:: The situation in North Waziristan is alarming. It is the area with the largest number of children being paralyzed by poliovirus in all of Asia. Immunization activities have been suspended by local leaders since June 2012. It is critical that children in these areas are vaccinated and protected from poliovirus. Immunizations in neighboring high-risk areas are being intensified, to further boost population immunity levels in those areas and prevent further spread of this outbreak.

Chad, Cameroon and Central African Republic
:: In Cameroon, two new WPV1 cases were reported in the past week, both from Malentouen in Ouest region. The total number of WPV1 cases is now four. The most recent case in Cameroon had onset of paralysis on 30 October 2013 (WPV1 from Ouest).

Middle East
:: In Syria, four new WPV1 cases were reported in the past week, two from previously infected district Mayadeen in Deir-Al-Zour and one from Douma, rural Damascus and Fardous, Aleppo, respectively. The total number of WPV1 cases is now 17. The new cases in Aleppo and rural Damascus signal that polio is spreading in the country, but are also a sign that workers are actively looking for cases of polio. Prior to the outbreak wild poliovirus was last reported in Syria in 1999.
:: In the Middle East, a comprehensive outbreak response continues to be implemented across the region. The large-scale supplementary immunization activity which started in Syria on 24 October to vaccinate 1.6 million children against polio, measles, mumps and rubella, in both government-controlled and contested areas, has been completed.
:: Seven countries and territories are holding mass polio vaccination campaigns repeatedly targeting 22 million children under the age of five years over the next 6-8 months. In a joint resolution, all countries of the WHO Eastern Mediterranean Region have declared polio eradication to be an emergency, calling for support in negotiating and establishing access to those children who are currently unreached with polio vaccination.
:: WHO and UNICEF are committed to working with all organizations and agencies providing humanitarian assistance to Syrians affected by the conflict. This includes vaccinating all Syrian children no matter where they are, whether in government or contested areas, or outside Syria.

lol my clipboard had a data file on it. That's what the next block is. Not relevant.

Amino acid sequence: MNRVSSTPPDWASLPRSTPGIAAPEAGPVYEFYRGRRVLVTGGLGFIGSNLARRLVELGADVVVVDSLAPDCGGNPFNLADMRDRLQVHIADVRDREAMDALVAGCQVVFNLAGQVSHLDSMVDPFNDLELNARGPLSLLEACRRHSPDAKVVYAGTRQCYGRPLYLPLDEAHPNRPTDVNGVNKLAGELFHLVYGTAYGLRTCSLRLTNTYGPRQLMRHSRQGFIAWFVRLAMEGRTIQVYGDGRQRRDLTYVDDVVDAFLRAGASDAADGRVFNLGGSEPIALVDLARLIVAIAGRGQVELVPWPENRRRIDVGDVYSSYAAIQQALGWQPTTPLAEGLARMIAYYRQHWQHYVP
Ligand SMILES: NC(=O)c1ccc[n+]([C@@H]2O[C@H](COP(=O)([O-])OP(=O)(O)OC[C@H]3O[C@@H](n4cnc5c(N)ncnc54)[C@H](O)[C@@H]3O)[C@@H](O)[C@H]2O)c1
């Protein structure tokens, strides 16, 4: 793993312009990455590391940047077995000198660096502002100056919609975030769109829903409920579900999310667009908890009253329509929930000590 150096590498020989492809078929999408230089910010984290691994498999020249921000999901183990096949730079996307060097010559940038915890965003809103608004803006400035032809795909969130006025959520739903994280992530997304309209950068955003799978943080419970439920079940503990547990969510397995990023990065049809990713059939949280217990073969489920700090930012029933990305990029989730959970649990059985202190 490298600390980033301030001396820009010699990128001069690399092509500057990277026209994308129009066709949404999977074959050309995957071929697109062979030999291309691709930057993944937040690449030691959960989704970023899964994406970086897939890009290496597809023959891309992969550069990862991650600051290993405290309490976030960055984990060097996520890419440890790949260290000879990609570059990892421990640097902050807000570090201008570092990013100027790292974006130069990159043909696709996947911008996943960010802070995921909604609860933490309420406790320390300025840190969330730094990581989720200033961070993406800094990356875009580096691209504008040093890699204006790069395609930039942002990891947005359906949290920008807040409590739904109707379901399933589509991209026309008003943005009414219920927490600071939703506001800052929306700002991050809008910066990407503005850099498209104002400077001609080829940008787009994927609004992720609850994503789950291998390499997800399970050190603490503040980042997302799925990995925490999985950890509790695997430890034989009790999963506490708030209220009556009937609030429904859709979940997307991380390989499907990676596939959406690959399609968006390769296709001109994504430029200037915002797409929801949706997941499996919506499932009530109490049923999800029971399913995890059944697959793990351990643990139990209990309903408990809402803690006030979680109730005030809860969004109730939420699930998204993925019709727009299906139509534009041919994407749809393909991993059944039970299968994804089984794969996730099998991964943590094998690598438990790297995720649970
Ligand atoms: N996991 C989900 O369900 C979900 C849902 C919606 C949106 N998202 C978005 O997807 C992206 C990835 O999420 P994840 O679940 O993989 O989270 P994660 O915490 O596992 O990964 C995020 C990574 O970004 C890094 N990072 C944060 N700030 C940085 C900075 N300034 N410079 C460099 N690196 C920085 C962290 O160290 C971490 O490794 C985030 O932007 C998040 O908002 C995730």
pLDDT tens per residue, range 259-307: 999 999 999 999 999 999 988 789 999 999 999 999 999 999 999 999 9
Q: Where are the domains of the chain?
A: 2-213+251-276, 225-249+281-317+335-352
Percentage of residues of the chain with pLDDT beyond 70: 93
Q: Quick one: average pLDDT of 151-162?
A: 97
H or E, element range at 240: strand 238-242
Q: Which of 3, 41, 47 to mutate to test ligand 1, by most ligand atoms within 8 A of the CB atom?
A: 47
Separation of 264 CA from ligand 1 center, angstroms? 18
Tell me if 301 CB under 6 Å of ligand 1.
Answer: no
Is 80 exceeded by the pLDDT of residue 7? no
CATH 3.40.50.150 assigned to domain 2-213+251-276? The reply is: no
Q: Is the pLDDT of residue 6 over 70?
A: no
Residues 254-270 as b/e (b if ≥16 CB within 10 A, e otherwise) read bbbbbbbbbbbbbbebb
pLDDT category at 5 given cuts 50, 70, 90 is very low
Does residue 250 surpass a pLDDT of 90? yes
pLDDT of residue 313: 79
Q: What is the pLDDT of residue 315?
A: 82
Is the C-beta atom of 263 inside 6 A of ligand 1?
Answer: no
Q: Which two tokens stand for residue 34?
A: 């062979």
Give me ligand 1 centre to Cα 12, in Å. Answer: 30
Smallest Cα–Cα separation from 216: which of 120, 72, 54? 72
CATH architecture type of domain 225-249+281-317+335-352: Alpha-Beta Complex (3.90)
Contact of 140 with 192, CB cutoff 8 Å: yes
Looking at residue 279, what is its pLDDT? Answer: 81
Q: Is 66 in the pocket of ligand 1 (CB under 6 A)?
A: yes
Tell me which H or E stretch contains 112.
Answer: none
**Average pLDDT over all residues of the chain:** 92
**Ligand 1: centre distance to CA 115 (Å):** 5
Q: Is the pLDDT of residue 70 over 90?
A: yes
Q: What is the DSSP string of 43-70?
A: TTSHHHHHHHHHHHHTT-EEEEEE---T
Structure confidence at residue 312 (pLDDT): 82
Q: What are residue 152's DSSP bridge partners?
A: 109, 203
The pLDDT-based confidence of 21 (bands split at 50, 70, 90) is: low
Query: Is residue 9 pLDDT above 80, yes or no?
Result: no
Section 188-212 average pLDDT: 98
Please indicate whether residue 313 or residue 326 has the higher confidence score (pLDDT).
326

European Medicines Agency launches ADVANCE initiative to focus on vaccine benefits-risks

The European Medicines Agency (EMA), in collaboration with other organisations involved in assessing the benefits and risks of vaccines, launched the ADVANCE project “to deliver a blueprint for a pan-European framework for monitoring the benefits and risks of vaccines throughout their lifecycle, and for communicating these benefits and risks.” The five-year project, called accelerated development of vaccine benefit-risk collaboration in Europe  (ADVANCE), is supported by the Innovative Medicines Initiative (IMI) and brings together the EMA and the European Centre for Disease Prevention and Control (ECDC), as well as pharmaceutical companies that manufacture vaccines, national public-health and regulatory bodies, academic experts and small and medium-sized enterprises. ADVANCE is coordinated by the Erasmus Medical Center in the Netherlands and the Children’s Hospital Basel , University of Basel, Switzerland. This framework “will further facilitate health professionals, regulatory agencies, public-health institutions and the general public to make prompt, better-informed decisions regarding vaccination strategies.” The role of the EMA in ADVANCE will be to develop and test guidance for the conduct and reporting of studies in this area. This best-practice guidance will include methodological standards, governance rules, a code of conduct and a communication strategy.

26/11/2013: http://www.ema.europa.eu/ema/index.jsp?curl=pages/news_and_events/news/2013/11/news_detail_001976.jsp&mid=WC0b01ac058004d5c1

GAVI Watch: Media Releases/Statements [to 30 November 2013]

GAVI Watch: Media Releases/Statements
http://www.gavialliance.org/library/news/statements/

:: Guillaume Grosso appointed head resource mobilisation in European markets -28 November 2013
   Former director of ONE Campaign’s Paris office joins GAVI Alliance.

:: GAVI Alliance to support Nigeria’s first new national yellow fever vaccination campaign in 30 years – 26 November 2013
   Mass preventive campaign will protect close to 60 million children and adults